10 days to fueling the Aridhaman

Image result for pics of the arihant SSBN

(Arihant, underway)

The second indigenous Arihant-class SSBN, INS Aridhaman, is completely outfitted and ready — the production time of some 10 years from the time when the special steel was first cut at the Vizag special projects facility. It doesn’t quite match the time needed to produce the Ohio-class SSBN rolling out of the General Dynamics Electric Boat facility at Quonset Point, Rhode Island, and Groton, MA, which complex has by now manufactured over a hundred SSBNs and SSNs for the US Navy. But  India is well embarked on the SSBN manufacturing front.

Aridhaman will be fueled up ten days from today, i.e., around September 5, and the more powerful nuclear reactor in it (than in the Arihant) will be fired up soon thereafter. The vessel will then be ready to undergo harbour trials and conduct shallow dives before the trials take to the open sea.

Not too long ago, the Chinese Navy launched its Liaoning-class aircraft carrier with much fanfare. It will take PLAN 15-20 years to integrate the carrier into fleet ops. India’s more strategic riposte with the Aridhaman, especially with the continuing eyeballing situation in the Doklam area of the trijunction, is a perfect reminder to the Central Military Commission headed by the recently anointed “Supreme commander of the  people’s army”, Xi Jinping, that it won’t do his regime any good exercising the intimidation techniques of threatening, huffing and puffing, feints, etc. recommended by the ancient Confucian strategist Suntze in lieu of actual action. If the hope is that a sufficiently cowed adversary will back down, India’s posture to-date will have belied it.  India is not backing down. So Beijing has a choice of withdrawing as gracefully as it possibly can, and lose face partially. Or, stick on and lose face totally.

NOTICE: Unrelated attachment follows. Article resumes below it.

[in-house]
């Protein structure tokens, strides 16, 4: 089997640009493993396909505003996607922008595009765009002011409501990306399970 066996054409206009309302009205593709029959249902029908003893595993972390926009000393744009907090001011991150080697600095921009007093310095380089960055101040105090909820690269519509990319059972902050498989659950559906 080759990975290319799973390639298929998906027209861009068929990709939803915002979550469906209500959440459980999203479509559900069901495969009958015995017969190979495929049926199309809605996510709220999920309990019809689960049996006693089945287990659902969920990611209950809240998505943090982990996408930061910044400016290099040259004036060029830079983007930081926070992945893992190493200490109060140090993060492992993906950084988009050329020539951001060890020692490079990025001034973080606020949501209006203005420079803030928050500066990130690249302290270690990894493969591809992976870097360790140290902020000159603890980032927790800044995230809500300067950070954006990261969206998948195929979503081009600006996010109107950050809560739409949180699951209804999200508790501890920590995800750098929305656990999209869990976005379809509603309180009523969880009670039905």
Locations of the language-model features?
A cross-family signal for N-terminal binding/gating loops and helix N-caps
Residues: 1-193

The Aridhaman, moreover, has 8 tubes to launch the K-4 2,500 km SLBMs — twice the number of tubes as the Arihant, and can carry some 24 land-attack K-15 missiles as well. The twin SSBN set will by end-2018 be able to drop a whopping nuclear load on Shanghai and the coast line to the east and west of that metropolis — the main wealth-generating region of China. Not a bad thing for the 2nd Artillery Strategic Forces to keep in mind. Meanwhile, with the second Akula-II SSN — the agreement for its lease from Russia is at the stage of crossing the t’s and dotting the i’s — entering IN service, the Liaoning will be well advised  to stay clear east of the Malacca Strait.